City councilors are working on regulations for short-term rentals like Airbnb or HomeAway.
Airbnb alone has more than 300 listings in Tulsa, but the zoning code classifies them as bed and breakfasts, which require a permit to operate. Going without one means a steep fine if caught.
Councilor Ben Kimbro said asking each short-term rental owner to request a special exception is cumbersome.
"Going through Board of Adjustment, which is a fairly expensive and arduous process, a time-consuming process, I don't think is a right fit for this type of rental operation," Kimbro said.
Kimbro and Councilor Blake Ewing held two town halls this week for input on a potential ordinance. They’ve also looked at other cities’ regulations, met with a hotel group and reached out to Airbnb.
Ewing said the ideal solution will make home-sharing companies responsible for following regulations.
"And if they don't, then we know where to go," Ewing said. "I don't think we want to be tracking down hotel and motel tax payments from every individual in town who's operating one of these home-sharing situations."
Ewing said the industry group he and Kimbro met with are fine with making it easier to operate short-term rentals if they're subject to the same 5 percent tax as hotels and motels.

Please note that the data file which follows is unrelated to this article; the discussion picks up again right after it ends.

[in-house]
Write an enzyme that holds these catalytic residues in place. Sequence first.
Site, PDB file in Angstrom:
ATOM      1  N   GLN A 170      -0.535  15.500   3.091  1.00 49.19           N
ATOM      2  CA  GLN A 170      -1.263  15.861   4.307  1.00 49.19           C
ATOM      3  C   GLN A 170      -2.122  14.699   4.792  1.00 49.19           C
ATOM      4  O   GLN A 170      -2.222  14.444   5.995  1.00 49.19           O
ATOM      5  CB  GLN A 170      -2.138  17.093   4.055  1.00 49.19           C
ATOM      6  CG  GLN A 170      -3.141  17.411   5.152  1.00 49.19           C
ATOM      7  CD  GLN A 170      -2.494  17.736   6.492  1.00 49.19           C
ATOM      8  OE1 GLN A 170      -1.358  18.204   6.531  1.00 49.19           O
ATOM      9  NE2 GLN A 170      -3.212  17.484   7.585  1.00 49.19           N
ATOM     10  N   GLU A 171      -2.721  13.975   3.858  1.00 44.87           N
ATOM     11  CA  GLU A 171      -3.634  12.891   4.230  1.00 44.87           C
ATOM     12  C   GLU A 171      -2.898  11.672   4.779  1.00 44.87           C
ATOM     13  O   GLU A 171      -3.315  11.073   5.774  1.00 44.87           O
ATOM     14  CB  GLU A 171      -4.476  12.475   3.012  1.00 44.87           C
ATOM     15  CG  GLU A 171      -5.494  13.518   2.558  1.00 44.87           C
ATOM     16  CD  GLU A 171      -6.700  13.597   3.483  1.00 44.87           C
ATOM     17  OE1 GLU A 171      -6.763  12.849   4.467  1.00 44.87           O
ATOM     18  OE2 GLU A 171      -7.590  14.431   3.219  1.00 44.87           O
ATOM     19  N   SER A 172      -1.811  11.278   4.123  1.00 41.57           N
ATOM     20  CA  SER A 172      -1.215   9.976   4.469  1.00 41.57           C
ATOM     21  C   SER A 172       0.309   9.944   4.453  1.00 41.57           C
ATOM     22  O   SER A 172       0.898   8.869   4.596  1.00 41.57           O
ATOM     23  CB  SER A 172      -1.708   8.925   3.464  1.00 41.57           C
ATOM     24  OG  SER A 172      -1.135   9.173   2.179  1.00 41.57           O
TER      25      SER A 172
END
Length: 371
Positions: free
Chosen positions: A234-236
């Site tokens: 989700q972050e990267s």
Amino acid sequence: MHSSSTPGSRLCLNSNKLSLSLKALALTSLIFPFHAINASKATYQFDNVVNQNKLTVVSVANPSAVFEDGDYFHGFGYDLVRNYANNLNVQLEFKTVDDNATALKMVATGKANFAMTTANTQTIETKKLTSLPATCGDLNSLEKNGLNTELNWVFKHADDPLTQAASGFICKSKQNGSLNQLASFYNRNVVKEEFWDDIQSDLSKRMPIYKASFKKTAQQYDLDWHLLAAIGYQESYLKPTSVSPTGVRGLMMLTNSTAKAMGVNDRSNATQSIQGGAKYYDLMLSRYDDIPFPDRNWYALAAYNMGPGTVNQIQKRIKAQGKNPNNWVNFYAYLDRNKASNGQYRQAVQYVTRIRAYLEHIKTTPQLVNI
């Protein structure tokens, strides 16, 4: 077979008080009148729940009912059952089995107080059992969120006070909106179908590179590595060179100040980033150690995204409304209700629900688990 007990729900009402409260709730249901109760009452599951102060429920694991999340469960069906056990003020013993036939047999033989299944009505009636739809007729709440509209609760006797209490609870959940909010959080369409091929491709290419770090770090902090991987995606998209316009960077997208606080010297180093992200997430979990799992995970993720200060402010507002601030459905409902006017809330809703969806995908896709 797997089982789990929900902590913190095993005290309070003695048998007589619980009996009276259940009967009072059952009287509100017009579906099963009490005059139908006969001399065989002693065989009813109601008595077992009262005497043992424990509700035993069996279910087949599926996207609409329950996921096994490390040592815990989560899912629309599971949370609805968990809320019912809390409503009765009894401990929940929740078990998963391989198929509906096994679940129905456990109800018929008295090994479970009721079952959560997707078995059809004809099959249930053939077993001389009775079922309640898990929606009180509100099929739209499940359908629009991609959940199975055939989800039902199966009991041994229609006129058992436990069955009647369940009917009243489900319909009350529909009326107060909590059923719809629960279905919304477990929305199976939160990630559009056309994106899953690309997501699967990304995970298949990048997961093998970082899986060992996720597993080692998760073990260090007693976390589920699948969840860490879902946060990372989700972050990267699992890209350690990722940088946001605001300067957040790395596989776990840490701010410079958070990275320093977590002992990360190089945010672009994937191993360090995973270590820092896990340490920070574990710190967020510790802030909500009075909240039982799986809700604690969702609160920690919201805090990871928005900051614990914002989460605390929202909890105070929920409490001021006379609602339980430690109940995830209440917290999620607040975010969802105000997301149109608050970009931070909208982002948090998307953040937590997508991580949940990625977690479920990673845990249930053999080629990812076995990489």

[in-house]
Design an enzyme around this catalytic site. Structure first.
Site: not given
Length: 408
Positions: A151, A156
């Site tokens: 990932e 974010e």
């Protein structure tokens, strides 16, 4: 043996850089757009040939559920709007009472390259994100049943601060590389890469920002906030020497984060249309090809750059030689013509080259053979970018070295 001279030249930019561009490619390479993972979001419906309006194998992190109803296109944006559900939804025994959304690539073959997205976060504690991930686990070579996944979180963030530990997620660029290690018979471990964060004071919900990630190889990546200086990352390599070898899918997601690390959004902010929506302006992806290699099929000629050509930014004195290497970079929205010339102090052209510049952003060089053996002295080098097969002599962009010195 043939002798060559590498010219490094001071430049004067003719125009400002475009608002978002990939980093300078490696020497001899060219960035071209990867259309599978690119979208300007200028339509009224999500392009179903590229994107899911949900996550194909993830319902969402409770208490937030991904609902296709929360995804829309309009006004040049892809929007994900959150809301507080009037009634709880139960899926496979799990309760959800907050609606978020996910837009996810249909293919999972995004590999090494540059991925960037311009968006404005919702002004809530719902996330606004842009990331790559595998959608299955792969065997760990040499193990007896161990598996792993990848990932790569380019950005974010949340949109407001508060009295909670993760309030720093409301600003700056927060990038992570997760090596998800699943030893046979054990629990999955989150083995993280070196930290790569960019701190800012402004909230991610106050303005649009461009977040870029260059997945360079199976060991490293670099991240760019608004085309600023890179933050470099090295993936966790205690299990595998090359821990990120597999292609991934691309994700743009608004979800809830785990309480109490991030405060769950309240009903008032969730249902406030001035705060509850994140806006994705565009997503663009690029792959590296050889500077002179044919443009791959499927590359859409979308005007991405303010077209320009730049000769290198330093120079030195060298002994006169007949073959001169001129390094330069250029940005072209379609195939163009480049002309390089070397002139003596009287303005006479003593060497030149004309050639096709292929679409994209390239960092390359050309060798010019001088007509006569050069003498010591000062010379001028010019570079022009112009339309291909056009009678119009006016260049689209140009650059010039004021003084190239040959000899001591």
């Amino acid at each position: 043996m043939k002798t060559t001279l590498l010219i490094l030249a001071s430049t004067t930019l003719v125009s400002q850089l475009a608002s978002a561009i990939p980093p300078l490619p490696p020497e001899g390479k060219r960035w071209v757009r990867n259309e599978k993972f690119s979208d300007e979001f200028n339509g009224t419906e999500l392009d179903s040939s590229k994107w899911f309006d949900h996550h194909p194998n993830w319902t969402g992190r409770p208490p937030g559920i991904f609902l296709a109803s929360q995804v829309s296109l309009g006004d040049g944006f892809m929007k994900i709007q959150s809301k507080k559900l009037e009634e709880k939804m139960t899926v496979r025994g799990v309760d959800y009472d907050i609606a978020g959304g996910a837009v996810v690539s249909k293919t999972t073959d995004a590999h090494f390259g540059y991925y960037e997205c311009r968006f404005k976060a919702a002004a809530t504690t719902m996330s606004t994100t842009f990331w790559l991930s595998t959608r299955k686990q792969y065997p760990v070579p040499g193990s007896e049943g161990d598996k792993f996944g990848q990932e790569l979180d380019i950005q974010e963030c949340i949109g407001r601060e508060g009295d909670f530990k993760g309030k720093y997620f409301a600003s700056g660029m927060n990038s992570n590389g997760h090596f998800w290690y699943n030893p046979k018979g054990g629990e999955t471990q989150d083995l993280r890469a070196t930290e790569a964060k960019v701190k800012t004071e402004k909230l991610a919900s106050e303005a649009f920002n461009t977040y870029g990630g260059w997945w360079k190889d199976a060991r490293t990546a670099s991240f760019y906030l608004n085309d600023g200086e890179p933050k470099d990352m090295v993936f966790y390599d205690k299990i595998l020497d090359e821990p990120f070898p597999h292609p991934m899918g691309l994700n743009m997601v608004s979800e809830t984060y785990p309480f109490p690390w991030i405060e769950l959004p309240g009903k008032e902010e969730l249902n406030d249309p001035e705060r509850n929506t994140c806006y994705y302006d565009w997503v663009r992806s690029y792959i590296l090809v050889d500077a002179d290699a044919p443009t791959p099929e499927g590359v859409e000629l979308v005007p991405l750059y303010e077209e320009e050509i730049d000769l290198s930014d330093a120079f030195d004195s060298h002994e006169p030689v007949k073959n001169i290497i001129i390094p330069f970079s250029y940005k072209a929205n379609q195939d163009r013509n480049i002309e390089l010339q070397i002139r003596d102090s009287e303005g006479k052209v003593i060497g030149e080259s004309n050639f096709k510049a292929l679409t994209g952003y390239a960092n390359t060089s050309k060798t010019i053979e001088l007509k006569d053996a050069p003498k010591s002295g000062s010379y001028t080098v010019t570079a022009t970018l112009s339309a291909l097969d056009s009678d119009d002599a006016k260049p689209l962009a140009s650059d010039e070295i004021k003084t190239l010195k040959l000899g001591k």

In Oklahoma, Airbnb already collects state and local sales tax, state lodging tax and Oklahoma City's 5.5 percent hotel and motel tax.
Ewing and Kimbro are also trying to address concerns of people living near short-term rentals, like noise and property value impacts.
A few short-term rental hosts said they have more control over those properties than landlords for long-term rentals. Janet Mobbs offered listings on VRBO for eight years and said she always vetted her guests.
"And they would tell me, 'I'm coming for the Arabian horse show. I'm going to be here for two weeks. I have, you know, six horses and I want to be close to the fairgrounds.' So, I had all their information, their credit card number, their farm name," Mobbs said. "So, I think those concerns are unfounded."
Ewing and Kimbro haven't set a timeline for their short-term rentals ordinance.